I love the Gothic Revival Fourth Presbyterian Church at 126 E. Chestnut Street. It was designed by Ralph Adams Cram and Howard Van Doren Shaw and built between 1912- 1914. The style is a combination of English and French Gothic.
The walls are built of Bedford limestone from Indiana. This limestone was also used to build the Empire State Building, Rockefeller Center, the Pentagon, the National Cathedral in Washington and the Biltmore Estate in North Carolina.
The principal architect of Fourth Church was Ralph Adams Cram (1863-1942), America’s leading Gothic revival architect, best known for his work on the massive Gothic Cathedral of St. John the Divine in New York City and also the chapel at West Point Military Academy. Fourth Church is not a “copy” of any one building but instead combines what Mr. Cram saw as the best of English Gothic and French Gothic styles of the late medieval design elements that he observed when he studied in Europe in the late 1880s. Cram designed and built the sanctuary. The sanctuary seats about 1200 people when the balconies are filled. There are four worship services on Sunday: 8:00, 9;30, 11:00 and a jazz service at 4:00 pm.
The pipe organ is the largest in Chicago with 8343 pipes; the longest pipes are 32 feet tall. Most of the pipes are in the 3-story tall otgan chamber in the front of the church, shown below. There are more pipes in the balcony and above the Great East Window.
Prominent Midwestern architect Howard Van Doren Shaw designed the parish buildings (the Tudor-style structures surrounding the courtyard) including the parish house, cloister, manse, and garth (south along Michigan Avenue).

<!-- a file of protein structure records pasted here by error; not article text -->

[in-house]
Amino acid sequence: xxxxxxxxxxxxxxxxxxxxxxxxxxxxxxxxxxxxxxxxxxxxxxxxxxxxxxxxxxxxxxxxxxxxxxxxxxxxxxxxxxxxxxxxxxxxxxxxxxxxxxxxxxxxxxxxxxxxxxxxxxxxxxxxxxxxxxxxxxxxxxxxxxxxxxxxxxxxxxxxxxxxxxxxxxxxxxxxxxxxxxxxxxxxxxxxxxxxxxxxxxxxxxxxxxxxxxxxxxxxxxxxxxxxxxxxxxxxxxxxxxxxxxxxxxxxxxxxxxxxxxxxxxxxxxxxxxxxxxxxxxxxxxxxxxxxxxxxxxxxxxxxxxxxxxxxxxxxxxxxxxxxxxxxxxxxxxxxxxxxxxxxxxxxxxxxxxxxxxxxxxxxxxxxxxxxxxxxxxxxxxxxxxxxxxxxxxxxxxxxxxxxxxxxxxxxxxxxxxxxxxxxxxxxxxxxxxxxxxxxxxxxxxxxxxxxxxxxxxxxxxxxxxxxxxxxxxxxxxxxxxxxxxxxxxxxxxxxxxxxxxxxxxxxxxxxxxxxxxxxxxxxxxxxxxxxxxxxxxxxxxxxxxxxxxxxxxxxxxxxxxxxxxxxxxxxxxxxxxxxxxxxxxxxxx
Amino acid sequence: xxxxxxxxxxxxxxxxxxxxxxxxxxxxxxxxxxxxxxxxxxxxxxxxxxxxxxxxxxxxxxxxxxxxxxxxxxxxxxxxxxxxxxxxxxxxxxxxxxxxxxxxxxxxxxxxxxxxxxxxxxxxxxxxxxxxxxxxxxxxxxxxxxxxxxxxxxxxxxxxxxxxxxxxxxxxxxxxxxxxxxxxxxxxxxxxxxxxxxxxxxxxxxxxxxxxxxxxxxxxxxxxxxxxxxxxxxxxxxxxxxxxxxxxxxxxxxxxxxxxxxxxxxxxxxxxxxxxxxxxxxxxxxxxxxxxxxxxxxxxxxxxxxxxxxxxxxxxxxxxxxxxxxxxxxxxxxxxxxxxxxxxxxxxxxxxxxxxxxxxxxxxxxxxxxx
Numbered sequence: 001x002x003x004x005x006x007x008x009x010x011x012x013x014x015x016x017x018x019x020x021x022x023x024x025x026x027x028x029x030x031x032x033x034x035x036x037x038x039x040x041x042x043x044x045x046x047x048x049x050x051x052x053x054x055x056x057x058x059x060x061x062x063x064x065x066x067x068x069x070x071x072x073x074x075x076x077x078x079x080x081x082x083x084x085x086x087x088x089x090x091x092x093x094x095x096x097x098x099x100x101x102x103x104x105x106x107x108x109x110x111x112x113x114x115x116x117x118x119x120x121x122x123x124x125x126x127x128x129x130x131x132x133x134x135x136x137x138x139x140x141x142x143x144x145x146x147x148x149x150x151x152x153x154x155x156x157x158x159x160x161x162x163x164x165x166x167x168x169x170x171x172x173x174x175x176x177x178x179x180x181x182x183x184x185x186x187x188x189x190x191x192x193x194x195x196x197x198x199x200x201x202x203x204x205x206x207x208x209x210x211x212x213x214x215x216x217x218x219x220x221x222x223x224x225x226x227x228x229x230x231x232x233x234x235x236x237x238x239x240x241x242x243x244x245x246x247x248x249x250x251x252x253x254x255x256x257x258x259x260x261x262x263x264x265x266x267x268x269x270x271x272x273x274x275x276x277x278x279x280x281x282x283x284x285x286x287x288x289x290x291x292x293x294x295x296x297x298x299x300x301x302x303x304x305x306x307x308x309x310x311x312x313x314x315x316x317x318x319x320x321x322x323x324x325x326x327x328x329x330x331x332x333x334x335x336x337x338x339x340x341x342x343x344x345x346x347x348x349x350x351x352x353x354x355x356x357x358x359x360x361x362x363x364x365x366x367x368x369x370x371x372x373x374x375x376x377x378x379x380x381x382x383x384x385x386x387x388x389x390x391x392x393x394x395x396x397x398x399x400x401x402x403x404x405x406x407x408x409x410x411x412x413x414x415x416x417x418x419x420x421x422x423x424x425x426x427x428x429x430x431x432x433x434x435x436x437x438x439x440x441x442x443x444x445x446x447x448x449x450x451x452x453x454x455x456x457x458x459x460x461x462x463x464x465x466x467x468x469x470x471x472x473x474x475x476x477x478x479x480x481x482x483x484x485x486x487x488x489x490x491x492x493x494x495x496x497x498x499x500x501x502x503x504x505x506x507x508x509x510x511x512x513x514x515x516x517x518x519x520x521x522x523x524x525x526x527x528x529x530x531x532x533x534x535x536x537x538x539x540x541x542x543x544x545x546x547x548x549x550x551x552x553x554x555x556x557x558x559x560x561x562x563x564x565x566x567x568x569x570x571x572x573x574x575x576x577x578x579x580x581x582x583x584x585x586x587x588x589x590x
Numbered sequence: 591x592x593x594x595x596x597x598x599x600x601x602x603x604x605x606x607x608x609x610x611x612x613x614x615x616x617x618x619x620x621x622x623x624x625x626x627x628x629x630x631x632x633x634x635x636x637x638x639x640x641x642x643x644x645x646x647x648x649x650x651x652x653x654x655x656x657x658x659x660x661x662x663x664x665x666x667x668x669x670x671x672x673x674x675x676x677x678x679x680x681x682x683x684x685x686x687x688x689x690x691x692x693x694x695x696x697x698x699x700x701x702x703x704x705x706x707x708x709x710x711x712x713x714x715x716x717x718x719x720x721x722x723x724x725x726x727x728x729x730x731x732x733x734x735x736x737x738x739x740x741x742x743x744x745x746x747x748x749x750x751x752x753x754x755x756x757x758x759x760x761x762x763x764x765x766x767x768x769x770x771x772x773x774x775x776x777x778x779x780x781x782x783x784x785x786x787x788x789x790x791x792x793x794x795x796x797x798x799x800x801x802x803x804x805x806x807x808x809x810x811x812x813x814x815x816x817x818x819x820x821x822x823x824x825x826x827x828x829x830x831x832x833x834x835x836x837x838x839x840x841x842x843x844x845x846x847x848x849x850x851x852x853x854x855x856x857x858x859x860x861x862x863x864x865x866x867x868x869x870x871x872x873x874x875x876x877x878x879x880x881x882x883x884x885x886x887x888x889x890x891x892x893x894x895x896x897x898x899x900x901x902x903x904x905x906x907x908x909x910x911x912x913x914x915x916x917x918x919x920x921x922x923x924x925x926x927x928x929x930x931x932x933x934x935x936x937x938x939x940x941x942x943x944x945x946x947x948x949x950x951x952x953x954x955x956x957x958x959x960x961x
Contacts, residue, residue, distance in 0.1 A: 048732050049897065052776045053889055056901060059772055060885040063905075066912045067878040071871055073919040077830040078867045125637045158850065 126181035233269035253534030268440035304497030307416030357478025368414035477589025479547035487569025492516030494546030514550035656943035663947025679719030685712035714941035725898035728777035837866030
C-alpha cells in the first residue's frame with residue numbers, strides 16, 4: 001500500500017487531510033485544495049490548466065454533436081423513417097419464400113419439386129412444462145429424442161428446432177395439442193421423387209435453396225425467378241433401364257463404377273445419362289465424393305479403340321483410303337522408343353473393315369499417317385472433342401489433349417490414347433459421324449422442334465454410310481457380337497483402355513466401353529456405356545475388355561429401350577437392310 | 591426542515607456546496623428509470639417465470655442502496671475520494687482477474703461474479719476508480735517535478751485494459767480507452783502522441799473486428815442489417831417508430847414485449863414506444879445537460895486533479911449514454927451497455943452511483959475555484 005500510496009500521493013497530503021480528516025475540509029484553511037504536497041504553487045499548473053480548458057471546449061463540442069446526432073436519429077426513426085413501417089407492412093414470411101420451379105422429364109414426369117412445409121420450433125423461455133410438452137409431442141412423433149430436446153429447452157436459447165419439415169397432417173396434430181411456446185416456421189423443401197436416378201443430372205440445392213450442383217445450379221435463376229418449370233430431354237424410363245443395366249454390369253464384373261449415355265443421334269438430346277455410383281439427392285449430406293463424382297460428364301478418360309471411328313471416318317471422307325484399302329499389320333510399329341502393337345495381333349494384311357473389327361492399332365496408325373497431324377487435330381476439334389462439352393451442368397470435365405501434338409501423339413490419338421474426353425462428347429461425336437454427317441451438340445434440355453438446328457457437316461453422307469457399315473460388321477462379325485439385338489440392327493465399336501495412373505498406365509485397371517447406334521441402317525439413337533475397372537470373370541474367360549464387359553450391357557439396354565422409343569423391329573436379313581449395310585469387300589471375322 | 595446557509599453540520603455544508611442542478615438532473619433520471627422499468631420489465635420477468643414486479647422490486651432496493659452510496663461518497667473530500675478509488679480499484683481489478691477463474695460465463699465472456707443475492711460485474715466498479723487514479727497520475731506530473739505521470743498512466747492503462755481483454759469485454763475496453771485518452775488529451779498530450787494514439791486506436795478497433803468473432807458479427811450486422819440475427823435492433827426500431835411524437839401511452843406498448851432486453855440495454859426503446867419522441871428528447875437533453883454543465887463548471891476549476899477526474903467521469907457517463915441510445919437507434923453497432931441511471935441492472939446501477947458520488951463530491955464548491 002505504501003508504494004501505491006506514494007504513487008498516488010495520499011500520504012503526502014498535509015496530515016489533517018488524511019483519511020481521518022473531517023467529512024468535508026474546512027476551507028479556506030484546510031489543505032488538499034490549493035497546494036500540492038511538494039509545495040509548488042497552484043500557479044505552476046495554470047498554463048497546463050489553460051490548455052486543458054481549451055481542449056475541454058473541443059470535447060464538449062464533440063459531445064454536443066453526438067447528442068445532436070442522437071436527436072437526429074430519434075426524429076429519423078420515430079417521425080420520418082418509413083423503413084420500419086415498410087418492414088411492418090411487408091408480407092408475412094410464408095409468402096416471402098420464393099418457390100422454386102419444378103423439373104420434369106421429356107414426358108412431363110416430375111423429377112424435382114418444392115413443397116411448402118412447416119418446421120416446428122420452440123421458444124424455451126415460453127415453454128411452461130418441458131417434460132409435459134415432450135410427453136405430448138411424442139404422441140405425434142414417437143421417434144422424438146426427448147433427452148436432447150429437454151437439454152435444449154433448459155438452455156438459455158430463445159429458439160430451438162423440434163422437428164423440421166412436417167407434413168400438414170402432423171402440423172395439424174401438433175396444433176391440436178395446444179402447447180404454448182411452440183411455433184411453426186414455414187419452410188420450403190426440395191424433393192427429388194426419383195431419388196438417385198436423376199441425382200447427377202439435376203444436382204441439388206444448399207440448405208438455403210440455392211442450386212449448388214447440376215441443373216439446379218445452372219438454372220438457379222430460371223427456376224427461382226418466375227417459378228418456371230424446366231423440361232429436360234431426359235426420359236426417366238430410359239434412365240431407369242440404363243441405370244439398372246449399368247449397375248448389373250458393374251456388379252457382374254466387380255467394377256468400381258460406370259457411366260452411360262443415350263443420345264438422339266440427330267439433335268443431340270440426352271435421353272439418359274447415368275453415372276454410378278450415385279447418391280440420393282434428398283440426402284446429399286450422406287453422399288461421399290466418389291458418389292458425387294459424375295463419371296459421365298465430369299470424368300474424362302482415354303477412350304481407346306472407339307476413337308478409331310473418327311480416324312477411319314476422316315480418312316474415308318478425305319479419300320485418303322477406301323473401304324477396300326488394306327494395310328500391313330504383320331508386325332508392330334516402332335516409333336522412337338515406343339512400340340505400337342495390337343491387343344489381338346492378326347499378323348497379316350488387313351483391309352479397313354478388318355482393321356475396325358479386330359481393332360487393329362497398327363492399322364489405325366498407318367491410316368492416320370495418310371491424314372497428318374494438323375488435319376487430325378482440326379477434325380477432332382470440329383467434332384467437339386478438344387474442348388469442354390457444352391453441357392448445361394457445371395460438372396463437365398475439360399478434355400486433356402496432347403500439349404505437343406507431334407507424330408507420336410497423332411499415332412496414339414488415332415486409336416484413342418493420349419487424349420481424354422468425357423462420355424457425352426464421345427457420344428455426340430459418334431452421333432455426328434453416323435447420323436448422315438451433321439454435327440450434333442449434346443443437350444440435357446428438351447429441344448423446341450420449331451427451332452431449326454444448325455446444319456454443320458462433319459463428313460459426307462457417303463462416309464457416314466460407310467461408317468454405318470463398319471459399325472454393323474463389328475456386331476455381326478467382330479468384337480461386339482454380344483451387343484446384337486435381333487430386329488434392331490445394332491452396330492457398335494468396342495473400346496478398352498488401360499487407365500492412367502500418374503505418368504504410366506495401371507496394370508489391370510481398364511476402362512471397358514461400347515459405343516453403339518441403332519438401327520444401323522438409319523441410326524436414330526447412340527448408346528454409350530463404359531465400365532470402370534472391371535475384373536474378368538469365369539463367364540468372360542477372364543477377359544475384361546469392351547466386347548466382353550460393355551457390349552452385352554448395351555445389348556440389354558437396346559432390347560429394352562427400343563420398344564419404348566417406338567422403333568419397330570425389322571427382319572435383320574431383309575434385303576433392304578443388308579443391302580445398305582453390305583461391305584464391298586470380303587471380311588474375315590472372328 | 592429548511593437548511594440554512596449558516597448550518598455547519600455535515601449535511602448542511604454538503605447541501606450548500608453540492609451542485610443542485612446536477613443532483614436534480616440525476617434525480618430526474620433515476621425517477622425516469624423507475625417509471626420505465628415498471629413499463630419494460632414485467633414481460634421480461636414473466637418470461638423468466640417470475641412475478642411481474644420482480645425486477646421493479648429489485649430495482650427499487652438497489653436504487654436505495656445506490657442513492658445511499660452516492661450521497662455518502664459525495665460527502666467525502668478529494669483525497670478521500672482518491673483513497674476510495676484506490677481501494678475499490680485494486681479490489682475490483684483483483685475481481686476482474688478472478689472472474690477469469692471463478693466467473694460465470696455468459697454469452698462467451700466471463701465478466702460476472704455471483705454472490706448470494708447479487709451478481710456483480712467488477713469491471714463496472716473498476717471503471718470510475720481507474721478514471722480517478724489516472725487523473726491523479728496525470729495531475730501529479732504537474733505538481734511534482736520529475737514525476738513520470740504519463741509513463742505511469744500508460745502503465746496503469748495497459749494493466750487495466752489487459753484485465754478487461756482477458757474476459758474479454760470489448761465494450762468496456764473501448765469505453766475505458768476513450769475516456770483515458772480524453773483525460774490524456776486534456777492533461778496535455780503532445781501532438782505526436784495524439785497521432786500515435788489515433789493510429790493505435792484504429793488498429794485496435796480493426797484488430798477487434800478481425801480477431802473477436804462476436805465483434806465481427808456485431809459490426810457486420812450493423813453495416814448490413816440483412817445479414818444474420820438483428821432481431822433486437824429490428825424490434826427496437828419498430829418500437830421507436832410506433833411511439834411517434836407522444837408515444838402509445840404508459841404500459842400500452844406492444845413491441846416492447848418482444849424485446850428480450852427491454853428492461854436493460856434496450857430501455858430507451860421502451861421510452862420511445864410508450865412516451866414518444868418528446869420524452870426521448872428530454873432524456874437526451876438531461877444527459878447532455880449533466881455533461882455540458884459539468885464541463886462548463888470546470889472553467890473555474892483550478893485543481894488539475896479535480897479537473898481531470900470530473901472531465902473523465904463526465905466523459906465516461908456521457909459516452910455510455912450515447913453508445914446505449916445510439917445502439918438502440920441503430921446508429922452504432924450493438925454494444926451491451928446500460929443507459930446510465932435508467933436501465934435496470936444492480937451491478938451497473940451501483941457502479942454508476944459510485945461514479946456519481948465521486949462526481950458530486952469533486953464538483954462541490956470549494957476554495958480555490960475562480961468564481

In the middle of the courtyard is “The Chidren’s Fountain; a gift from Howard Van Doren Shaw.
Since 1914, more than 8 million people have entered the beautiful church under the carved stone tympanum over the Michigan Avenue entrance. The Fourth Presbyterian Church congregation was founded in 1871 and occupied two earlier church buildings before moving to Michigan Avenue.
Below, you can see the main area of the church called the nave from the Latin word for ship. The ceiling looks like an inverted ship. The beautiful ceiling canvases were painted in 1914 by Frederick C. Bartlett.
Bartlett donated Seurat’s “Sunday Afternoon at La Grande Jatte” to The Art Institute along with his other holdings by Cezanne, Gauguin, van Gogh and Picasso.
On the top of the side-aisle piers, look for the fourteen 7 foot tall hand-carved angels.
The Great East Window in the Fourth Church Sanctuary was designed and made by renowned stained glass artist Charles J. Connick of Boston and dedicated in 1930. Its stone tracery around the glass is reminiscent of the traditional Jesse tree.
The figure in the first Panel is Saint Matthew. Saint Peter is in the second panel with his book and keys. The third figure is Saint Mark with the winged lion above his head. The fifth is Saint Luke, then Paul and lastly, Saint John.
The vine, leaves, and grapes provide a background for the large figures, which illustrate the growth of Christianity from the four major prophets through the four evangelists, accompanied by the commanding figures of Peter and Paul.
The Great East Window, also known as the Nettie Fowler McCormick Memorial Window, was given to the church by the children of Nettie Fowler McCormick, widow of reaper inventor Cyrus McCormick. The McCormick family contributed almost half of the funds for building the Michigan Avenue sanctuary and Parish House facilities. The bottom of the window panels reads “In Loving Memory of Nettie Fowler McCormick 1835–1923.”
In 1937, Fourth Church gave the east window that had been installed at the time the Sanctuary was built (1914) to the Roseland Presbyterian Church at 11200 S. State Street. That original window, done in the style of the grisaille windows that are along the aisles of the Fourth Church Sanctuary, can still be seen at the Roseland church, which is today known as Cornerstone Presbyterian Church.